Best things to do in Belize
Find out more about those top places in Belize
With thousands of tourists yearly, it does raise a question as to what makes Belize City such a popular destination for travelers from all around the world. Located at the mouth of the Belize river, the city is the largest in the country of Belize with a population of just 57,169 people.
Featuring several attractions, such as the exotic beaches and monuments - the site is also recognized as one of the primary locations of Mayan Civilization, with the ruins of old Mayan towns spread across the city.
Part of the old Belize, the Swing Bridge is one of the county’s most historical landmarks. Built in Liverpool, and brought over to Belize the current Bridge replaced an older wood bridge that had been constructed by the city locals. The bridge spans over the Haulover Creek, a tributary of the Belize River and it is also recognized as the Oldest Swing bridge in Central America.
Close to the Bridge is the Maritime Museum, which centers on displaying and educating visitors about Belize’s seafaring and shipbuilding history. Its exhibitions include items ranging from model boats to old documents.
Originally the site of Her Majesty’s Prison, the Museum of Belize established 1857 is dedicated to displaying all items pertaining to the history of Belize. The museum is divided into various sections including arts and history. It features some of the most precious Mayan artifacts dating back to over 3000 years ago and other exhibitions cut across the country’s colonial life and the cultural heritage of other ethnic nations in the county.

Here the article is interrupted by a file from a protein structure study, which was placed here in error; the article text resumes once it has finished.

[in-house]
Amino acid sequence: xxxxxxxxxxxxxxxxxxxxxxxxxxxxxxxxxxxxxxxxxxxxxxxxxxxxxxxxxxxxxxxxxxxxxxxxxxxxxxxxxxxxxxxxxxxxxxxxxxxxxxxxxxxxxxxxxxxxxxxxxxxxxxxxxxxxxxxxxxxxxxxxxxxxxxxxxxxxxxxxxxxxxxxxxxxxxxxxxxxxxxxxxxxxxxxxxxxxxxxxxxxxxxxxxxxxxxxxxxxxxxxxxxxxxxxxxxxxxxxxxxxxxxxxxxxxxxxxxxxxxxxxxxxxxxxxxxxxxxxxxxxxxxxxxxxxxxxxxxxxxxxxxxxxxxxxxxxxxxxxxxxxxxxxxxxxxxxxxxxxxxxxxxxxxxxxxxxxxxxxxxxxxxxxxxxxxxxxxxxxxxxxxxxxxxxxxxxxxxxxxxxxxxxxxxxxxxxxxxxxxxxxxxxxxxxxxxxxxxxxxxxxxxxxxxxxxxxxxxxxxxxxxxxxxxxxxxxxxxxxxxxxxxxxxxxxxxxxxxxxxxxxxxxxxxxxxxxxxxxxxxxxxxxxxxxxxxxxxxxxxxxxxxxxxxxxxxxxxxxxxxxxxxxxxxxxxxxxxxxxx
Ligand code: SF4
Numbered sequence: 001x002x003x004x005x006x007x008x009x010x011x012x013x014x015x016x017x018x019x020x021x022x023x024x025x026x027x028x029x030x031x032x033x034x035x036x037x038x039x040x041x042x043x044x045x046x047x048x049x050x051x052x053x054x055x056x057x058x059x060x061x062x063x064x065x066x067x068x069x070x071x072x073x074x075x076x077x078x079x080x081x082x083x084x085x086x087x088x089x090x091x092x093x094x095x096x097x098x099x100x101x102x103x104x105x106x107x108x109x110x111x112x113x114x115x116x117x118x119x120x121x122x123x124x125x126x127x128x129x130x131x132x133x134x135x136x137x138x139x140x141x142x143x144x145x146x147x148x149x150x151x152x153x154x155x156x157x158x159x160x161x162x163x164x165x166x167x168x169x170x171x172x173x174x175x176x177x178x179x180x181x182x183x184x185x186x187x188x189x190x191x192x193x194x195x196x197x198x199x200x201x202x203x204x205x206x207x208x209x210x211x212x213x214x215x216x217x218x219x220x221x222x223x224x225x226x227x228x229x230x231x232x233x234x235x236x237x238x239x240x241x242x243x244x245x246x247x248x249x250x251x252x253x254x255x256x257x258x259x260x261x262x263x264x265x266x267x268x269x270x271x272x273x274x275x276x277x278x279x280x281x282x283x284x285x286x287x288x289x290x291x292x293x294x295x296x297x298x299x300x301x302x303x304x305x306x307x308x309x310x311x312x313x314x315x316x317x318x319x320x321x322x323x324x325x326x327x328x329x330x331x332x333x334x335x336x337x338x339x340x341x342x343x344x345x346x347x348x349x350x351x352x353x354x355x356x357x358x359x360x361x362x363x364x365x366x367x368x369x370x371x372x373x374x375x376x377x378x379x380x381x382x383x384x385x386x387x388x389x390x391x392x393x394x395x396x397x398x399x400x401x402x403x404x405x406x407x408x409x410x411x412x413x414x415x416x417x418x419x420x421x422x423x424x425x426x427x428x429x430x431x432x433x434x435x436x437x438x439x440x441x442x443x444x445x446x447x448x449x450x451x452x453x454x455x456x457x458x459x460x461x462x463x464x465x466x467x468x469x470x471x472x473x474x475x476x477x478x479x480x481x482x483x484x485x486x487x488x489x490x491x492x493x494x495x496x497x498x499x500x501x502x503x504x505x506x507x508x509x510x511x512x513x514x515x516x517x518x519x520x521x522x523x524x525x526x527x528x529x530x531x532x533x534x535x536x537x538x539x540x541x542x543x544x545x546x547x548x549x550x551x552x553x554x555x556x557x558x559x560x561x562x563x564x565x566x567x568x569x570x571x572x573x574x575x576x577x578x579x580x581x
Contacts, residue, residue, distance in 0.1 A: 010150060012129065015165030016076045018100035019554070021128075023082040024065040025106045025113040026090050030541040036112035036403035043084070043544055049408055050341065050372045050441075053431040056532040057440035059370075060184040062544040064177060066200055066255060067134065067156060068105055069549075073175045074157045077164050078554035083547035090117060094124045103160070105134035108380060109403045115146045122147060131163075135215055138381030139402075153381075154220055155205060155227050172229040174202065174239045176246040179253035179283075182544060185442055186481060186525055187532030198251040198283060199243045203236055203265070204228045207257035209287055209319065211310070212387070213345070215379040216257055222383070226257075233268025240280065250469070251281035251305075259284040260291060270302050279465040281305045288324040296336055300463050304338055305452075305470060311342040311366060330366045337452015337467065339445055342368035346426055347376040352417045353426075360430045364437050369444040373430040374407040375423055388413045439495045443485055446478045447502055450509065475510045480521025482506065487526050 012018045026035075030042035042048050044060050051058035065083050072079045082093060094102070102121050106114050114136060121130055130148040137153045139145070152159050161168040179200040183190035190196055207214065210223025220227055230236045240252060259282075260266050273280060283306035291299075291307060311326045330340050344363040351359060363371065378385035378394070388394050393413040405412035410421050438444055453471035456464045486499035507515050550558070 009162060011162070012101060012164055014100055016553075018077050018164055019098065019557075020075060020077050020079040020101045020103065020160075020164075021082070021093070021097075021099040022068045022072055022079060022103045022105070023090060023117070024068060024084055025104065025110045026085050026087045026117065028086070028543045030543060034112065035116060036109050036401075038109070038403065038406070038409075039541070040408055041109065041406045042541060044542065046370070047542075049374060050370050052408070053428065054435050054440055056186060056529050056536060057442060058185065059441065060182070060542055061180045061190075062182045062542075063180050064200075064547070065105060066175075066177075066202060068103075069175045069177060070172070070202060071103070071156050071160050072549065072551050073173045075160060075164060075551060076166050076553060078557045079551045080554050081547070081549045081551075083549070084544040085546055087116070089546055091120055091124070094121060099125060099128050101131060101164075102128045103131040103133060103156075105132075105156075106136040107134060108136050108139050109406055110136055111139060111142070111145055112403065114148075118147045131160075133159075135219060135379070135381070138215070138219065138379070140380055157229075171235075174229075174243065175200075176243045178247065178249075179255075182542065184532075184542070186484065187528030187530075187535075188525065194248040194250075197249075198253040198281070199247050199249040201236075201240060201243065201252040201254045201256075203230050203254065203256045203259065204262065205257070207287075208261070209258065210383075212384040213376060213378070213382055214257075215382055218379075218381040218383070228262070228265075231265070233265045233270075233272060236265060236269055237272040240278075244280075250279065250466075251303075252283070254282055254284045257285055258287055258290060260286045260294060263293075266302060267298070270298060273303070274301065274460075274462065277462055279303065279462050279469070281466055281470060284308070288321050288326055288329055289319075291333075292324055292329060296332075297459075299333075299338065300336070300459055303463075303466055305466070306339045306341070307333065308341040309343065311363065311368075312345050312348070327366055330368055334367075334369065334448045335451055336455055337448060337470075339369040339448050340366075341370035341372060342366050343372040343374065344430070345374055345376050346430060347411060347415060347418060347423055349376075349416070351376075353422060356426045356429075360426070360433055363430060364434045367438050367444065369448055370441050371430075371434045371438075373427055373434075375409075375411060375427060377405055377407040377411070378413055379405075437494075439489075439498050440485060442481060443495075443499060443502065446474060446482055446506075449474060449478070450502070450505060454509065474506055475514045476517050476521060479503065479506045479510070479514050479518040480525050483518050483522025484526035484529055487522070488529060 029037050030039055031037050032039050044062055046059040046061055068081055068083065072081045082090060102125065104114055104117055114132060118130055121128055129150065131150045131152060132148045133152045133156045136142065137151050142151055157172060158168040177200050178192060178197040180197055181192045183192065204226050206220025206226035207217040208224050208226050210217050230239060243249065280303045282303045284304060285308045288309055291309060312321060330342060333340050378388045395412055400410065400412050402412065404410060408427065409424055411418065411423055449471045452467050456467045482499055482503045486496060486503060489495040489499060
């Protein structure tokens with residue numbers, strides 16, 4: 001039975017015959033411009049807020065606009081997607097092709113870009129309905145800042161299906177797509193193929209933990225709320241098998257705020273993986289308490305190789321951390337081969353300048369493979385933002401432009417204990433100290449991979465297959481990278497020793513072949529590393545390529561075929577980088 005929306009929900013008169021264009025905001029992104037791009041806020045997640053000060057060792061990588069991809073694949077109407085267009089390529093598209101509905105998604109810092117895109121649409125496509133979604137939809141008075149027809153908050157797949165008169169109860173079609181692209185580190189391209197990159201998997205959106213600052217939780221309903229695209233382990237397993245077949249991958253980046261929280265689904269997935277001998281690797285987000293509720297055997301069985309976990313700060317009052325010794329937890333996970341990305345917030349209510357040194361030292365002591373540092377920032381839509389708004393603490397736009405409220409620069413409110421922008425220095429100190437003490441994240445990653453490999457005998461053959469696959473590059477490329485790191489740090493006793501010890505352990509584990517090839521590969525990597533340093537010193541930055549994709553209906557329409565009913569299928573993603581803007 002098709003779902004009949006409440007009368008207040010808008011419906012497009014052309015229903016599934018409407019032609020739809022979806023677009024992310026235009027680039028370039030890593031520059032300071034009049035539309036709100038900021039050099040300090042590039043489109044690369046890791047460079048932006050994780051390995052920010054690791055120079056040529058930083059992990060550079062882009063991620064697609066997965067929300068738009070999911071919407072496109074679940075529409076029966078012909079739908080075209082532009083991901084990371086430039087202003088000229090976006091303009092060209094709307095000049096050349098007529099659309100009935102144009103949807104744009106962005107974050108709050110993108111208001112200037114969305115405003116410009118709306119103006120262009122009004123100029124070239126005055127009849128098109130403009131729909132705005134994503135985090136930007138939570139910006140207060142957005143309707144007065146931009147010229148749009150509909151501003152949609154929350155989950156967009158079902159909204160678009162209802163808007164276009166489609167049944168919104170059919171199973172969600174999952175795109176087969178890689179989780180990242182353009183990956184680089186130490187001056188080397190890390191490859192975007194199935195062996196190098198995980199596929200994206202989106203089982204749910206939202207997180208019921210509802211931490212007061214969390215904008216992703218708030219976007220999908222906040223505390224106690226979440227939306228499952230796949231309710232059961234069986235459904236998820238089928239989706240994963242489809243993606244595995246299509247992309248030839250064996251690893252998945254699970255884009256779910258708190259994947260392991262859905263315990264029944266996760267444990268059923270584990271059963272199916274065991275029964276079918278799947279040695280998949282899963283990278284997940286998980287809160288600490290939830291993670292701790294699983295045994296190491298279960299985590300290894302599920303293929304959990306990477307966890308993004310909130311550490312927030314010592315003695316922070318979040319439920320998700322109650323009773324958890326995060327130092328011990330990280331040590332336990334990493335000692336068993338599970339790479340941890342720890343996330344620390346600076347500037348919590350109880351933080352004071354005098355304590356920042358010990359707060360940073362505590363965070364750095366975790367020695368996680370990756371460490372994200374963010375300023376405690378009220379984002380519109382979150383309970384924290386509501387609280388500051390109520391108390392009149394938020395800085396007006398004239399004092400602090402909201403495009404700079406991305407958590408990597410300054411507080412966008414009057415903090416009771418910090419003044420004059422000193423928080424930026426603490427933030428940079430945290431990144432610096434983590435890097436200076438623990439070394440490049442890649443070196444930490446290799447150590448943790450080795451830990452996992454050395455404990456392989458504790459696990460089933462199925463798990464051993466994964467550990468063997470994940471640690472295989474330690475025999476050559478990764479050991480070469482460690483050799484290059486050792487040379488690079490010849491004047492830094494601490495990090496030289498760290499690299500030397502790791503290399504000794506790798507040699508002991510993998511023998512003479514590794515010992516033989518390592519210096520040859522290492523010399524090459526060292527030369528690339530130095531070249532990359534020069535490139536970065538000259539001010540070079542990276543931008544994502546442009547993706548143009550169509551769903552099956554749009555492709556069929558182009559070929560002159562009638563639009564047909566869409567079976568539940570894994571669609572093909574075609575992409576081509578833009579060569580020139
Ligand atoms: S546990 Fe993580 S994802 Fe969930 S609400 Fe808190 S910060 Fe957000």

If you are going to visit the cathedral, you should as well stop at the Yarborough Cemetery situated near the cathedral. Said to be the first cemetery in British Honduras, it was used as a burial site of members of the colonial Anglican church. Renovated in 1999, a marble memorial wall was added to the cemetery - inscribed on it are the names of those buried there.
Built in 1820 using bricks that had been used as ballast aboard British ships, the cathedral remains one of the finest displays of colonial architecture in Belize City. Considered to be an historical landmark, its interior is designed using mainly sapodilla and mahogany – the church’s attraction includes an ancient pipe organ and Baymen-era tombstones. Open to visitors, best to visit on a service day to see how beautiful the cathedral is.
Belonging to the Maya civilization, Lamanai was one of the main cities in the Orange Walk District of Belize during the Preclassic Period (4th century BC – 1st Century CE). Lamanai meaning “submerge crocodile” is currently in ruins but it still offers visitors an opportunity to see ancient Maya structures which includes temples, plazas and ball courts. Getting to Lamanai usually involves a scenic boat trip through the forest in a bid to avoid the bumpy roads leading to the site.